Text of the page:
annoyance, the "huff," signaling intense aggravation, especially when avian
predators are present, and the "mew," often exchanged between mother and
offspring when separated or during adults during travel (Pereira et al. 1988;
Morland 1991a). Other wild vocalizations are the "cough," which signals
aggression between a female and a male during mating and birth seasons, the
"grumble" which advertises the presence of a male to another, the "squeak" which
infants use to signal distress, and the "squeal" of affiliation between females
In the wild and in captivity, scent-marking is also an important means of
communication to the ruffed lemur and likely communicates information about sex,
location and identity (Morland 1991a). Female ruffed lemurs predominantly use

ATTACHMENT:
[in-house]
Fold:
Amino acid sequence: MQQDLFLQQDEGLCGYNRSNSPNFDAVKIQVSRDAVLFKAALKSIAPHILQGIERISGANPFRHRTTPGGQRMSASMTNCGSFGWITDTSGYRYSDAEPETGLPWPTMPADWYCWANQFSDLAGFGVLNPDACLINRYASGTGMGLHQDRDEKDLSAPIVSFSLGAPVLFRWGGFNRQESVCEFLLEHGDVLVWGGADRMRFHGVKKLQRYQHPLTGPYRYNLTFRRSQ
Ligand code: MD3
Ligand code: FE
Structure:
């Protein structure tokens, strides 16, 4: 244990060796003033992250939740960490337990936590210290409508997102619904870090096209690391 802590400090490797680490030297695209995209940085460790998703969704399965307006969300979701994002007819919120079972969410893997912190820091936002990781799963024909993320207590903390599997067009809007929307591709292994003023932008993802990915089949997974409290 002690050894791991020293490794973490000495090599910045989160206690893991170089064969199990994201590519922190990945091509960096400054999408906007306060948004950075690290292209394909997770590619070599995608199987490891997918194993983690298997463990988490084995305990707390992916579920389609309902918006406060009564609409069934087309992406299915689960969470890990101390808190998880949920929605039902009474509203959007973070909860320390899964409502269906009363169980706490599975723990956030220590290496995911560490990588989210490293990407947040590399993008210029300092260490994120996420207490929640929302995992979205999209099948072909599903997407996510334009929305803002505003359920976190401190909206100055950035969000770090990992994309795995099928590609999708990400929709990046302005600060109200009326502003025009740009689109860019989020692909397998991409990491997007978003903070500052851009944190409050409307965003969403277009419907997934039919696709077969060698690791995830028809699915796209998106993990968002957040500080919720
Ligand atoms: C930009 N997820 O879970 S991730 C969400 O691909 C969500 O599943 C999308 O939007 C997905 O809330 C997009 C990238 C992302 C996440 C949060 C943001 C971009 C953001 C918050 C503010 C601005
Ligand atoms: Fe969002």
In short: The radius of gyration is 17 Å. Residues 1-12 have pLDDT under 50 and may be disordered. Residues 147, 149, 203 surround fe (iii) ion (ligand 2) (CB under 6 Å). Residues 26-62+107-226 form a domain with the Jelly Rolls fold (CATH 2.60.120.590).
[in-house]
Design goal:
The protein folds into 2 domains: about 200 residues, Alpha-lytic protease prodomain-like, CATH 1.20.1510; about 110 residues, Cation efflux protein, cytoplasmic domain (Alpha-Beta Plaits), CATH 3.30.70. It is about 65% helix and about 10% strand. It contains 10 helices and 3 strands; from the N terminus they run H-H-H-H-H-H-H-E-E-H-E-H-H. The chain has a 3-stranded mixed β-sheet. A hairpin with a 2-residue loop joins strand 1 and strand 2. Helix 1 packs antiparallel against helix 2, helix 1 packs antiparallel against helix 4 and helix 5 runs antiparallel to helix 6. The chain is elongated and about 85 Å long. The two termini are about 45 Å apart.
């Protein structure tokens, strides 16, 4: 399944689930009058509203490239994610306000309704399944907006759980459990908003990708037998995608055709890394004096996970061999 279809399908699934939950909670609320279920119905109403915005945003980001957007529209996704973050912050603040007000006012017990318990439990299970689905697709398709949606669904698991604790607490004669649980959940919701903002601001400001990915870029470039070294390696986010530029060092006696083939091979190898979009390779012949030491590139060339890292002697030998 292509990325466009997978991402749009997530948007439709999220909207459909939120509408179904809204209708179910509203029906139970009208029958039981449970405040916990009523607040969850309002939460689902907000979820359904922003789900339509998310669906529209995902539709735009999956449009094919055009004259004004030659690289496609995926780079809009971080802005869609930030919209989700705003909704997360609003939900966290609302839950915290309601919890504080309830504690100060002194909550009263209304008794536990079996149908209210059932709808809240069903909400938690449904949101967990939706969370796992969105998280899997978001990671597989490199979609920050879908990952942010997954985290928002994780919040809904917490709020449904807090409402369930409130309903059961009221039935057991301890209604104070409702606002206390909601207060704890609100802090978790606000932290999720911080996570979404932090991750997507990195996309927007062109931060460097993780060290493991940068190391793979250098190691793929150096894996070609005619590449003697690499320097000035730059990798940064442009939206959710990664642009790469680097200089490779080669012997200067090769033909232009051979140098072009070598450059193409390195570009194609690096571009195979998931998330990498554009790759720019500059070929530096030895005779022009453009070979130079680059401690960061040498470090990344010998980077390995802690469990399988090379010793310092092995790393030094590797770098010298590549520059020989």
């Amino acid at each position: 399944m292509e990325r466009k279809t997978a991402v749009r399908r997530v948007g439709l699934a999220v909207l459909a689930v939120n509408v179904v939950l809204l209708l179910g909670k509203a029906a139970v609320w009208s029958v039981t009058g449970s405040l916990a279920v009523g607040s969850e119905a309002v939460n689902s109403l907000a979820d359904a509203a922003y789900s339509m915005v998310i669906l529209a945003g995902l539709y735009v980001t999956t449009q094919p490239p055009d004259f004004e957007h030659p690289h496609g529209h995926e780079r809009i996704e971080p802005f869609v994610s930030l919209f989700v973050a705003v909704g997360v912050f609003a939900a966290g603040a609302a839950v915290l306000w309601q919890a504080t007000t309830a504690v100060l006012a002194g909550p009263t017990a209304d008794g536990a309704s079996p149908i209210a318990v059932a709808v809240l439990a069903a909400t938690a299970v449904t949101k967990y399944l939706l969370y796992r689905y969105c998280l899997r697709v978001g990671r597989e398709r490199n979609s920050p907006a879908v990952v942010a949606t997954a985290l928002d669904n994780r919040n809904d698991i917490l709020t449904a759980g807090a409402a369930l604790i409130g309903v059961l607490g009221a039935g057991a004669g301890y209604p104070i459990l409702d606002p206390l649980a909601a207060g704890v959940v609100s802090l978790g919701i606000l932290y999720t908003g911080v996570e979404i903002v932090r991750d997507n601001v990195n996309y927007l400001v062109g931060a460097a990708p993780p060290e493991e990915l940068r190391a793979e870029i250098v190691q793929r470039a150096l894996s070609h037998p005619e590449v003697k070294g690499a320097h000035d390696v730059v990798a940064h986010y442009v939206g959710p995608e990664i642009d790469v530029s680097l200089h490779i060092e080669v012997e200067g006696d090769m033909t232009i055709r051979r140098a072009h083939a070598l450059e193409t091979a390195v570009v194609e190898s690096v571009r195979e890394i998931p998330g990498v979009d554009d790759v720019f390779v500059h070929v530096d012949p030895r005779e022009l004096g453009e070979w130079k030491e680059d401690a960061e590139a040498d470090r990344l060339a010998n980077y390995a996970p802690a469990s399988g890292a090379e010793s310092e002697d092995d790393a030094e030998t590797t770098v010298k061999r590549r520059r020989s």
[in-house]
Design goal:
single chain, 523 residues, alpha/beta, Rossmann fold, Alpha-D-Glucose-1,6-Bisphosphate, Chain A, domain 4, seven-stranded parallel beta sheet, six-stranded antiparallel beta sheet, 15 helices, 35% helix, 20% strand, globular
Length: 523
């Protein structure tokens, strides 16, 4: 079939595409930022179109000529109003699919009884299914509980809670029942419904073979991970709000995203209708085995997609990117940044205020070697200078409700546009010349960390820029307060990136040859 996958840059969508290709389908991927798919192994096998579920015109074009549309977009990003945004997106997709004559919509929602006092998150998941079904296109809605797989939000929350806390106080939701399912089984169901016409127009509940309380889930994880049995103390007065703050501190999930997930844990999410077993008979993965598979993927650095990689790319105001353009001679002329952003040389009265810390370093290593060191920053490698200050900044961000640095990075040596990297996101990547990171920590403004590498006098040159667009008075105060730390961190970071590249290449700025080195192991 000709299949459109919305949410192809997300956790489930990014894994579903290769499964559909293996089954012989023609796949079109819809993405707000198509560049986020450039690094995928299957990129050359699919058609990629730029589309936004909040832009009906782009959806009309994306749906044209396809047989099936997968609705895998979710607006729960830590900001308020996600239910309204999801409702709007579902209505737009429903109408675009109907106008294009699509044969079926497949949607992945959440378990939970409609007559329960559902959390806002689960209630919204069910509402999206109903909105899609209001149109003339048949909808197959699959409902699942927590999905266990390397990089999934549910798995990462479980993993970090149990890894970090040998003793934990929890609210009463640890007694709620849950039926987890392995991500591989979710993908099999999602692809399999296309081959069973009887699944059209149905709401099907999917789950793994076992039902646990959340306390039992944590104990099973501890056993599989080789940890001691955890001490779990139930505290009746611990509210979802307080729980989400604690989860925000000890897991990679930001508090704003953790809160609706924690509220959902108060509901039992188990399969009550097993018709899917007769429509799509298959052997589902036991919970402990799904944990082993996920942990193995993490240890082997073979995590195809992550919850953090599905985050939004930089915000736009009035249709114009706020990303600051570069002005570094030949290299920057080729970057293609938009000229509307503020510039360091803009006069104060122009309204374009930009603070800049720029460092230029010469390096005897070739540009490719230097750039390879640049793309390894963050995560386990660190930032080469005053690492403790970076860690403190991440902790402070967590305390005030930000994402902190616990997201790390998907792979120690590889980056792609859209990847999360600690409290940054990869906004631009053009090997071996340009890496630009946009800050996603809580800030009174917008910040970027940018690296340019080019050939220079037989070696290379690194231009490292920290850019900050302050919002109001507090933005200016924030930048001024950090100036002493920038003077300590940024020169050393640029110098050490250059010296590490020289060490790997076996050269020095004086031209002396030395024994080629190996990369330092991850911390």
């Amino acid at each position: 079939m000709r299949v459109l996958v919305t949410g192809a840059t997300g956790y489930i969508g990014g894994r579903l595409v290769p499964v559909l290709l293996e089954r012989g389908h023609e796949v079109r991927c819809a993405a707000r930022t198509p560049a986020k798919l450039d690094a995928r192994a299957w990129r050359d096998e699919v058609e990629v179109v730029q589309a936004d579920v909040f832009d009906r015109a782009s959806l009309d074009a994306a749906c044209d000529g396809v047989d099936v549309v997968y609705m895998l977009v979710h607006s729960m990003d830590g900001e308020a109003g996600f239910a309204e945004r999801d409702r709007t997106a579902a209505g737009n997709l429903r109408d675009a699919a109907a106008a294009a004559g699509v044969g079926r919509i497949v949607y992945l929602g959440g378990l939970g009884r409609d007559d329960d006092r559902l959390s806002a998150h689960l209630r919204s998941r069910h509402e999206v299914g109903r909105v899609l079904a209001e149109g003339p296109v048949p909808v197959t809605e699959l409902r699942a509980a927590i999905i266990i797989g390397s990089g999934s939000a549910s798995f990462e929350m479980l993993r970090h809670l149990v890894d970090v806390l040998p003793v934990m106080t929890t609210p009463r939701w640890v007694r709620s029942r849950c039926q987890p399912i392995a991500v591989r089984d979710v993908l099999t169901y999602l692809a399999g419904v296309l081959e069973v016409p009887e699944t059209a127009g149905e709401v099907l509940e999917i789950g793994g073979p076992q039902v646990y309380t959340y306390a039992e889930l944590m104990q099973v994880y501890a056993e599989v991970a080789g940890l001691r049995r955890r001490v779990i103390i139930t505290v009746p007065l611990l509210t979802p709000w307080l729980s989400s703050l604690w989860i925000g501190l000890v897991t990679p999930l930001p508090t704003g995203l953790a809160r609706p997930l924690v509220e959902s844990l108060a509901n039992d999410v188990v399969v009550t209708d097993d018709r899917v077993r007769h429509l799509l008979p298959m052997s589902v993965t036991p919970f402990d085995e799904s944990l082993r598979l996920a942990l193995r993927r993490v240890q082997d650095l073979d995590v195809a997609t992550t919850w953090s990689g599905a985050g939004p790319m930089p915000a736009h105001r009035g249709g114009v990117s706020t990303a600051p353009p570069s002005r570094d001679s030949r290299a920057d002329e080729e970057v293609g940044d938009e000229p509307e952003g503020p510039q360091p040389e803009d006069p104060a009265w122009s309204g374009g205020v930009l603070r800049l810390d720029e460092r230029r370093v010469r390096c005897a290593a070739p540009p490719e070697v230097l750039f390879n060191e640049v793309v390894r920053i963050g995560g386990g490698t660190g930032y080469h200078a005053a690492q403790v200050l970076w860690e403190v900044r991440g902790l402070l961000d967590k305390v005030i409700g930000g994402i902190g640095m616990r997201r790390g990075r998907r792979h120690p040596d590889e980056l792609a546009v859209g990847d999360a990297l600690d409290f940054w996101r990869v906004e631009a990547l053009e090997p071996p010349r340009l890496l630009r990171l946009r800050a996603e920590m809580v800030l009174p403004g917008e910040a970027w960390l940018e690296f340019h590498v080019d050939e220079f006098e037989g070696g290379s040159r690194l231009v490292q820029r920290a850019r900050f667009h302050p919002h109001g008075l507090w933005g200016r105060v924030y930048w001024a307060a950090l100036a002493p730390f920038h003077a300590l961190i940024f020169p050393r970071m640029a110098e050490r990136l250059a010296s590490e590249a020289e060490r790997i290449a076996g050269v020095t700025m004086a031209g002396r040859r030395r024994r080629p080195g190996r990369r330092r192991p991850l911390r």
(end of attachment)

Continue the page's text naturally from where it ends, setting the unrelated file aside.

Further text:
their ano-genital scent glands to mark while males use chest, neck, and mandible
glands (Pereira et al. 1988; Vasey 2003). Females mark by squatting and rubbing
their ano-genital region over a horizontal surface excepting the ground. Males
mark by rubbing their chest, chin, and neck on a horizontal or vertical surface
including the ground. Both sexes occasionally mark in the characteristic
fashion of the opposite sex (Pereira et al. 1988; Morland 1991a). Scent-marking
also plays a role in greeting displays, in which individuals "leapfrog" over one
another and scent-mark the back of the other individual (Vasey 2007).
Content last modified: August 17, 2007
Written by Kurt Gron.
Cite this page as:
Gron KJ. 2007 August 17. Primate Factsheets: Ruffed lemur (Varecia) Behavior . <http://pin.primate.wisc.edu/factsheets/entry/ruffed_lemur/behav>. Accessed 2015 August 1.